The tiger beetle moves so fast that when it runs at prey it essentially blinds itself. So how does it know when to open its mouth and take a bite?
The tiger beetle, relative to its size, is the fastest creature on Earth. Some of these half-inch-long beetles cover about 120 body lengths per second (at about five miles per hour).
The fastest human can do about five body lengths. To take the sprinting gold from the tiger beetle, a person would have to hit 480 miles per hour.
For a new study published in the journal Biological Letters, researchers looked at how the tiger beetle’s speed-related vision issues correlate with when it opens and closes its vicious mandibles when it’s time for dinner.
“We’re asking in what situations do the mandibles open and close,” says Daniel Zurek, postdoctoral researcher in the lab of Nathan Morehouse, assistant professor in the biological sciences department at University of Pittsburgh.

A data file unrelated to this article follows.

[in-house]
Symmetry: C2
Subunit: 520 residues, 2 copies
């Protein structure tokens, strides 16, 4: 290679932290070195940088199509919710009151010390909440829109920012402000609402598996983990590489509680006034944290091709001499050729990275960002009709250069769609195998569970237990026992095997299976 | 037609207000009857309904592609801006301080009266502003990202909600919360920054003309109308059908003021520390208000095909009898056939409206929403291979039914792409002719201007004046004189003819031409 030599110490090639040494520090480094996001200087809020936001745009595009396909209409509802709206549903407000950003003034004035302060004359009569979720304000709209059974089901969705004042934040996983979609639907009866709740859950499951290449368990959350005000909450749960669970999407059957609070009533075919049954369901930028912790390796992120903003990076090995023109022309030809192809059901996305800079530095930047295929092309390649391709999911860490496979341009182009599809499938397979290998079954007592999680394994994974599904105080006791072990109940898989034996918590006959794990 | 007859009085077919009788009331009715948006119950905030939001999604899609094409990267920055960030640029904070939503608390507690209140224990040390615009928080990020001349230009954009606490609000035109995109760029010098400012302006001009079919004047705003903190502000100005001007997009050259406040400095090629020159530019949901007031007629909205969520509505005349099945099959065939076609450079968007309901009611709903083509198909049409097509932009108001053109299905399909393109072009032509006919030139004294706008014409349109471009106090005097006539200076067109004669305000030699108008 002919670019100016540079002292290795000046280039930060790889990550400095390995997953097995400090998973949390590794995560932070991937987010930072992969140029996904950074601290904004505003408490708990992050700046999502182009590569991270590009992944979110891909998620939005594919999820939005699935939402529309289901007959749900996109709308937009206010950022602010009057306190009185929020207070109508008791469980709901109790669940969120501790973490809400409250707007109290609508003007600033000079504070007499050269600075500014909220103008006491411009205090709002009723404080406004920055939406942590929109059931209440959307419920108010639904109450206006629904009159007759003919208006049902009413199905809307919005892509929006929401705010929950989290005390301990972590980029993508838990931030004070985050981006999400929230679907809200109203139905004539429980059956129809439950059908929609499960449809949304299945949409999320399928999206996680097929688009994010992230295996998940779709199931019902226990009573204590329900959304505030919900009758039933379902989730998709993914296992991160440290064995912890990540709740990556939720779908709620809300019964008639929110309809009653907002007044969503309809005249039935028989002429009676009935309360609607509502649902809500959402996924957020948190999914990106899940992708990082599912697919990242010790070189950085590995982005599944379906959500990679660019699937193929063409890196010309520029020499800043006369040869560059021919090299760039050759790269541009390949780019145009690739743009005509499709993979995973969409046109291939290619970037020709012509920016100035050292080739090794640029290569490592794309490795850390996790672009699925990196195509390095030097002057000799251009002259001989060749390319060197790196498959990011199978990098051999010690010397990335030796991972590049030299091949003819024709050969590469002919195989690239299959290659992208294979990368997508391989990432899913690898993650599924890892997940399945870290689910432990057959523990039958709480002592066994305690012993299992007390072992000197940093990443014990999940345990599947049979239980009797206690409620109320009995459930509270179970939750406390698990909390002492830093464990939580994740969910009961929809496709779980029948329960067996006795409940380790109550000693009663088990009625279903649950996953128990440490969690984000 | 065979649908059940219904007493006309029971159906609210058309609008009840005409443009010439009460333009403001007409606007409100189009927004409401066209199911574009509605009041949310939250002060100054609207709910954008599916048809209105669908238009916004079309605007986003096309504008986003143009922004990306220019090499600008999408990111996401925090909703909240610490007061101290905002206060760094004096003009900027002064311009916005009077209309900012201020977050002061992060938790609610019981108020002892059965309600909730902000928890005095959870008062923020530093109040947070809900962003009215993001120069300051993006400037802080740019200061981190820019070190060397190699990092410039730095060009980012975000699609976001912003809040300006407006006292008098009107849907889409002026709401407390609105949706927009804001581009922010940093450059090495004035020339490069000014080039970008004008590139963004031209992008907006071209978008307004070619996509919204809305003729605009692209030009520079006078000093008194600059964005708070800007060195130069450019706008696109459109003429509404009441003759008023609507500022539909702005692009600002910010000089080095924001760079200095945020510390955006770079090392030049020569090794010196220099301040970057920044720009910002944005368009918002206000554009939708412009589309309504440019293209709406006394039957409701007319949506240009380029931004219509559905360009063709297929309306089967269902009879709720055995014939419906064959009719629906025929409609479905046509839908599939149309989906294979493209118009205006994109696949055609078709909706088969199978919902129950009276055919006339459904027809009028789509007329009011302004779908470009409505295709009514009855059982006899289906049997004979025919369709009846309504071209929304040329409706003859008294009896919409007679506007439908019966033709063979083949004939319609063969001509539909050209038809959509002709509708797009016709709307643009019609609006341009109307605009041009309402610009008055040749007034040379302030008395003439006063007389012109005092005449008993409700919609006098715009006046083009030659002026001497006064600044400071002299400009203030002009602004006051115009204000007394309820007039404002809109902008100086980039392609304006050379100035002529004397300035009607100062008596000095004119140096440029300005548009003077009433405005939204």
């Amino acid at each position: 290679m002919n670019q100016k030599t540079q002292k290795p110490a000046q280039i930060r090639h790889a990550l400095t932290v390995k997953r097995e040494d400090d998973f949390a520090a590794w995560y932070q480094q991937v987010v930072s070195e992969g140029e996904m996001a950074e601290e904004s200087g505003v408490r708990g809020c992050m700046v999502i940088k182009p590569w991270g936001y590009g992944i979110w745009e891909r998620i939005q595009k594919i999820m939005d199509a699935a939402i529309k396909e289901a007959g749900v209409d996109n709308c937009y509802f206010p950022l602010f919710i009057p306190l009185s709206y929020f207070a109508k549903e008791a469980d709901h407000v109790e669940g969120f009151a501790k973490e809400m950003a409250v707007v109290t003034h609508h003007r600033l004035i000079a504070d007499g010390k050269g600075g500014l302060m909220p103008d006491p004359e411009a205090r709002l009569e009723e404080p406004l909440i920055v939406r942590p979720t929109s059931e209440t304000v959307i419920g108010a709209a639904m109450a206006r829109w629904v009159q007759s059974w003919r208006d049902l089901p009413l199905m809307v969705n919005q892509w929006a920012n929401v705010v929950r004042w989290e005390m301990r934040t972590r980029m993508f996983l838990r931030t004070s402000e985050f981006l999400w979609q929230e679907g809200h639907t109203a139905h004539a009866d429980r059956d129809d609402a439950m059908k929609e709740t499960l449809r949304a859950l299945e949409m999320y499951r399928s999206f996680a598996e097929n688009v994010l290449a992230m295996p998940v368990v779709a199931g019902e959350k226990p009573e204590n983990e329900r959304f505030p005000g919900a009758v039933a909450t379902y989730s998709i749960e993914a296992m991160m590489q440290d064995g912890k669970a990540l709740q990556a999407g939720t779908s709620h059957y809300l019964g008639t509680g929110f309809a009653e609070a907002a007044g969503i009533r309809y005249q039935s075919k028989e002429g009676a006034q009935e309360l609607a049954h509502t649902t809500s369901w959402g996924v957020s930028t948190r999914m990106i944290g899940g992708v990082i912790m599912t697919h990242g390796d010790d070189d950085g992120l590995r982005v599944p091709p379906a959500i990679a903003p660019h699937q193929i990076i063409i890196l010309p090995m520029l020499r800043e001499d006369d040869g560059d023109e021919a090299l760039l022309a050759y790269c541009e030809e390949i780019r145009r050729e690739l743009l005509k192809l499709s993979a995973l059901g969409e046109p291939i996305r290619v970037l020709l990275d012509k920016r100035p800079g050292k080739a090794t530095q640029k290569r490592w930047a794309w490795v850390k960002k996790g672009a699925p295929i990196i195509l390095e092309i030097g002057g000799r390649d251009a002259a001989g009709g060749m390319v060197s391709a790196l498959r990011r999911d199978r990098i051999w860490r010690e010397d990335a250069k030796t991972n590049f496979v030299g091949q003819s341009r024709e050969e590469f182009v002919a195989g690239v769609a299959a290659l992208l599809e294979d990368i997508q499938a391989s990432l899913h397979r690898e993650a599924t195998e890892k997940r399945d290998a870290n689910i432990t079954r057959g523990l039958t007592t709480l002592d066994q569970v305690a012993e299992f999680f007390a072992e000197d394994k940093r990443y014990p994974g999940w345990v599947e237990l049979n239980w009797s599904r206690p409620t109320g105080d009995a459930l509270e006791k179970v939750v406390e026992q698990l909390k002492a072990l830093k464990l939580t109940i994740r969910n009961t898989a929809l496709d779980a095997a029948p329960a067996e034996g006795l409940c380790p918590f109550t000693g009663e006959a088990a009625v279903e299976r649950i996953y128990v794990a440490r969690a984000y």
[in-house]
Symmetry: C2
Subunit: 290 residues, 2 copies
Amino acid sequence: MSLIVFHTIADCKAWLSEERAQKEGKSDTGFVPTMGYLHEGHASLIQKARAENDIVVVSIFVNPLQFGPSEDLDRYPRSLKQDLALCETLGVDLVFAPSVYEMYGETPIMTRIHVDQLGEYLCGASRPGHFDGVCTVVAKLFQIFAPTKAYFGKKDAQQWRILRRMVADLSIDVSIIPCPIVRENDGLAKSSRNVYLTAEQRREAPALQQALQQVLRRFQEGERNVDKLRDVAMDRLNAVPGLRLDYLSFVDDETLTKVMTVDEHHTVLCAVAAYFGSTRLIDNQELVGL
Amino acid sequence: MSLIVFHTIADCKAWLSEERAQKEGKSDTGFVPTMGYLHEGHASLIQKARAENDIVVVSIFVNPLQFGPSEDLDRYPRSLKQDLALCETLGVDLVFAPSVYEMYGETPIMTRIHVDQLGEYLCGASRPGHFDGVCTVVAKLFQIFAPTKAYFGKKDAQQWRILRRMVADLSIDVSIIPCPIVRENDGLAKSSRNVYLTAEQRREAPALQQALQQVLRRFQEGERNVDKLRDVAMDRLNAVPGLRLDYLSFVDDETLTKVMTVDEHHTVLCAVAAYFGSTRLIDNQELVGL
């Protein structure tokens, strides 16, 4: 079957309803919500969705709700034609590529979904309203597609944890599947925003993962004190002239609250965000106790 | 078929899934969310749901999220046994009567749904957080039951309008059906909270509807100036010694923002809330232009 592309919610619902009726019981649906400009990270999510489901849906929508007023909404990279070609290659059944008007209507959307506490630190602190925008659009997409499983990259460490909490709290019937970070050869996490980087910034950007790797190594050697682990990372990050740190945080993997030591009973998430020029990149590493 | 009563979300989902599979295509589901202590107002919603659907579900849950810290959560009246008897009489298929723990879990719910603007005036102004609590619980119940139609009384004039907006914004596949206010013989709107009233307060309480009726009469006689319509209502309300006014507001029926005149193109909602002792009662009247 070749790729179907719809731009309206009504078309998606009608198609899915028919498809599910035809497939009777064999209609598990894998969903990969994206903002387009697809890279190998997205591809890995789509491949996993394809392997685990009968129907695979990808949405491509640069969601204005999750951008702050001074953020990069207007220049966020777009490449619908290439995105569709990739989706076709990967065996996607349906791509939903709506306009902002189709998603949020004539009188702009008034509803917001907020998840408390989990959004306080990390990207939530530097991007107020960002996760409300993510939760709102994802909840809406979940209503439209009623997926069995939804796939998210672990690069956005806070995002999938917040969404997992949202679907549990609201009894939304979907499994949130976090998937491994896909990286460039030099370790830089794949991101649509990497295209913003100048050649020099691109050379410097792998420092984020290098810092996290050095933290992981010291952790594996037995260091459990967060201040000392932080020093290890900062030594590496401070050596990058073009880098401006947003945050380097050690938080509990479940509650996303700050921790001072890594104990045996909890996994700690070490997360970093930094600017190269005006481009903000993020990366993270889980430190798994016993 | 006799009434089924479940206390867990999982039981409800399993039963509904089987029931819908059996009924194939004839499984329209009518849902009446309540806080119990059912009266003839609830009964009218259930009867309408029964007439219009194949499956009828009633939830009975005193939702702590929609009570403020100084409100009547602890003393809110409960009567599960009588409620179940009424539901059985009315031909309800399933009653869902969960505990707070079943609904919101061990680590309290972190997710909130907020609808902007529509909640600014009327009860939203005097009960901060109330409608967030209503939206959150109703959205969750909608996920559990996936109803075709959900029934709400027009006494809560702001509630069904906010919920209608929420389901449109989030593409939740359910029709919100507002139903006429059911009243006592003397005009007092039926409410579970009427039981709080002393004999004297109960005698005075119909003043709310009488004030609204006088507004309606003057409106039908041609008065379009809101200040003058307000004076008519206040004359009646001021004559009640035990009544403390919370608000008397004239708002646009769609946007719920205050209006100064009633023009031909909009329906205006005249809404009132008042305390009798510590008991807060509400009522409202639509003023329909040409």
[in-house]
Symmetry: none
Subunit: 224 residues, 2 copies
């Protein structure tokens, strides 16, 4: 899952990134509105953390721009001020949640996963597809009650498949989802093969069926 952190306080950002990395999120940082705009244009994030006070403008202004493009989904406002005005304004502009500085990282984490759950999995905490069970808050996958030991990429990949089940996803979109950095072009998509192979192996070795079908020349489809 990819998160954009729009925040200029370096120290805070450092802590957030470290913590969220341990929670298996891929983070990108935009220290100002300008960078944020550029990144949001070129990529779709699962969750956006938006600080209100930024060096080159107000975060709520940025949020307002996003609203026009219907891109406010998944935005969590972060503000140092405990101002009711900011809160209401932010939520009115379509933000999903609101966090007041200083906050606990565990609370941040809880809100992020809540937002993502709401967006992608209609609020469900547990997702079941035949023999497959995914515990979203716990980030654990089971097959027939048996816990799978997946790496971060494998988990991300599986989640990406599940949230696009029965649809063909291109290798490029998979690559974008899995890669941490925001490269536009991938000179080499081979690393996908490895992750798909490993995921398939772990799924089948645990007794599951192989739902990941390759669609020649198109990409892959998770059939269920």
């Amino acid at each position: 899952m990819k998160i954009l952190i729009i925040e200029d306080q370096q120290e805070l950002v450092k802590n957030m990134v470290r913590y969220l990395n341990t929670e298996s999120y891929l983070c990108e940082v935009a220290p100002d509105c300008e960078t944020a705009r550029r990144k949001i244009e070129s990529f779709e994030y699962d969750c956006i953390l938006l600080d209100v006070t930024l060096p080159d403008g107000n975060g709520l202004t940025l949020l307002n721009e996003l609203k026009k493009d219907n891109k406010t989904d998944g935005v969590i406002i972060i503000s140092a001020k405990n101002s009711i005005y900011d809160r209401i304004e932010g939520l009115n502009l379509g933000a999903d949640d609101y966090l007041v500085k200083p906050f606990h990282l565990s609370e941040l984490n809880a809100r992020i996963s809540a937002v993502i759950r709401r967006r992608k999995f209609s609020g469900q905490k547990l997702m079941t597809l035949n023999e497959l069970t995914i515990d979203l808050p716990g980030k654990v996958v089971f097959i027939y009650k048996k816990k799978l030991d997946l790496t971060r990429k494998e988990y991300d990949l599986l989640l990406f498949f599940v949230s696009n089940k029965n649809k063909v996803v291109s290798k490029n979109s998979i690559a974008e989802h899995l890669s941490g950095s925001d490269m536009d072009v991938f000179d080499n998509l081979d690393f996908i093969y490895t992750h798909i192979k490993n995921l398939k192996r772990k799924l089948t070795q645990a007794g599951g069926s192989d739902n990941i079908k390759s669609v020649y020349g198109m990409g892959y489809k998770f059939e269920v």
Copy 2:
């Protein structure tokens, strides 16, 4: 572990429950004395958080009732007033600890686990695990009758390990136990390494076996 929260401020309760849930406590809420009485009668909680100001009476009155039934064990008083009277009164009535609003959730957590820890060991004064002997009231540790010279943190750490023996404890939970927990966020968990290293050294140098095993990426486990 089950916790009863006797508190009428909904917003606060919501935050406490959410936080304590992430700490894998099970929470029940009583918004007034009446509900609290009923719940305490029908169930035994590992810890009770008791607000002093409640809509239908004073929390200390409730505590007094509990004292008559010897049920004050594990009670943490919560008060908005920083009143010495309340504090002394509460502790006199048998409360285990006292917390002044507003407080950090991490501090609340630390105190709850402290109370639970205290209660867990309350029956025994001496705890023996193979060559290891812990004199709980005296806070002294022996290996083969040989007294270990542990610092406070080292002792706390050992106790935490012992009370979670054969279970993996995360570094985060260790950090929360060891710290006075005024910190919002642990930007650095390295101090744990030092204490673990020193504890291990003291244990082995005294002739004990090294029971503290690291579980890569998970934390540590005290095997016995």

“They’re trying to catch something, so they want to be sure that their jaws are open and close on contact.”
But in their obstacle-riddled habitat, it’s probably not a good idea to keep them open all the time, lest the mandibles snag something, delaying the beetle and permitting escape.
“Is it a matter of distance (to prey), the size (the prey) appears on the retina, the projected time to collision? There are lots of variables,” he says.
Using a dummy piece of prey (a plastic bead on a string), Zurek let the beetles give chase and recorded their hunting efforts in super slow-motion.
As the beetle begins to catch up to the escaping dummy prey, the contracting image of the prey as perceived by the beetle begins to expand, which is the cue for the beetle to open its jaws, Zurek says. And as the image begins to recede, the jaws close.
The findings reveal a new and potentially widespread mechanism for how behavioral decisions can be made based on visual “rules” in dynamic situations, where both the observer and the target are moving, Zurek says.
Researchers from Cornell University also contributed to the study, which was supported by the National Science Foundation.
Source: University of Pittsburgh